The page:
We generalize the technique of
to distributed algorithms in dynamic networks. Whereas standard smoothed analysis studies the impact of small random perturbations of input values on algorithm performance metrics, dynamic graph smoothed analysis studies the impact of random perturbations of the underlying changing network graph topologies. Similar to the original application of smoothed analysis, our goal is to study whether known strong lower bounds in dynamic network models are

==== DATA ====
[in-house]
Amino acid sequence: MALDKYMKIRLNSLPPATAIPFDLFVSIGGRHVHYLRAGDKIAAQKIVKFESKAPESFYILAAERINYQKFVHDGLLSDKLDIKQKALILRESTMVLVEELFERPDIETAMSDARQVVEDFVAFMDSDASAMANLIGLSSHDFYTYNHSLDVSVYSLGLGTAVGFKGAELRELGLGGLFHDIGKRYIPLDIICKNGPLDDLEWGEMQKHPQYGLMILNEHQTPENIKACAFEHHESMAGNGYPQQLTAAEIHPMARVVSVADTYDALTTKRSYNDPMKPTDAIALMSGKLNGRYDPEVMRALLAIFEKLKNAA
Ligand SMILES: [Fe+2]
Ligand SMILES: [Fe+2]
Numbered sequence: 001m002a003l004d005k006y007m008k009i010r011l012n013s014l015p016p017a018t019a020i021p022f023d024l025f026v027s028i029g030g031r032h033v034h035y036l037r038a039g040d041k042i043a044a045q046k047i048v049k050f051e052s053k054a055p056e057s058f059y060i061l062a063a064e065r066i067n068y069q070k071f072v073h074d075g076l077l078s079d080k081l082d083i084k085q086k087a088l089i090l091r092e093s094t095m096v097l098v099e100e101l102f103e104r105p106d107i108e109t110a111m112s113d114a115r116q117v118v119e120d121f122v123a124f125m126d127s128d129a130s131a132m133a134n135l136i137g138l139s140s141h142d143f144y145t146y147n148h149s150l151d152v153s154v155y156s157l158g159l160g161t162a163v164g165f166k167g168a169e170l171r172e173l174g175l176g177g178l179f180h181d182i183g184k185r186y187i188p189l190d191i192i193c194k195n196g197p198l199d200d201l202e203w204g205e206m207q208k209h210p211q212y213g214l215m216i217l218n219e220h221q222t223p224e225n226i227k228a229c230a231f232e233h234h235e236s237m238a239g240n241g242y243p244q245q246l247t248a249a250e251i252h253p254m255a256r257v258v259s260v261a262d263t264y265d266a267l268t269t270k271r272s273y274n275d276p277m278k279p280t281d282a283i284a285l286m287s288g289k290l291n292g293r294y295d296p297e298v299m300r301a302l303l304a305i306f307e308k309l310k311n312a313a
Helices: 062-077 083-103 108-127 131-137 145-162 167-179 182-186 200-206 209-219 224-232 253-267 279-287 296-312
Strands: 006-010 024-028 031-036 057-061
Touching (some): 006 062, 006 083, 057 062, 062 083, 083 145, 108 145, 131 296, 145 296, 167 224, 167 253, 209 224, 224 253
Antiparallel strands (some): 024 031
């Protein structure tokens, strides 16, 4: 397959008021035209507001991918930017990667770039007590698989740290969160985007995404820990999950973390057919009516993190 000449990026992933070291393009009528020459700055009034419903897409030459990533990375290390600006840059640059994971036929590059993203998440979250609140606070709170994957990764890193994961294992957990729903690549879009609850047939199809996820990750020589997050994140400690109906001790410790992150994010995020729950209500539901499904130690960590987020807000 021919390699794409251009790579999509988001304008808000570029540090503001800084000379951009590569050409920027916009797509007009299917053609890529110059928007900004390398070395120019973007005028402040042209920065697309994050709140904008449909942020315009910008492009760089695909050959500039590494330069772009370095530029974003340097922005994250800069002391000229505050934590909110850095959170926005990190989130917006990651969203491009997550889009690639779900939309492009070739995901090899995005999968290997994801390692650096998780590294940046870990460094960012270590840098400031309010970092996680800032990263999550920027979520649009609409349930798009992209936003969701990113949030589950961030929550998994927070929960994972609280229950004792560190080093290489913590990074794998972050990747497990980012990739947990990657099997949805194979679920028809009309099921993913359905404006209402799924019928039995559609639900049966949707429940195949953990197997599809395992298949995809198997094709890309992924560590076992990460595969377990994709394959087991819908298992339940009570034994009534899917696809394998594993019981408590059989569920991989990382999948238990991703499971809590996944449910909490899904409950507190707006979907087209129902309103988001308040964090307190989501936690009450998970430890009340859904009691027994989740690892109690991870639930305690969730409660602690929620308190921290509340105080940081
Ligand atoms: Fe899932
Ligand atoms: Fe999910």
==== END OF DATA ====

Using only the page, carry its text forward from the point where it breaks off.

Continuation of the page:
: do they withstand small (random) perturbations, or do such deviations push the graphs far enough from a precise pathological instance to enable much better performance? Fragile lower bounds are likely not relevant for realworld deployment, while robust lower bounds represent a true difficulty caused by dynamic behavior. We apply this technique to three standard dynamic network problems with known strong worst-case lower bounds: random walks, flooding, and aggregation. We prove that these bounds provide a spectrum of robustness when subjected to smoothing— some are extremely fragile (random walks), some are moderately fragile / robust (flooding), and some are extremely robust (aggregation).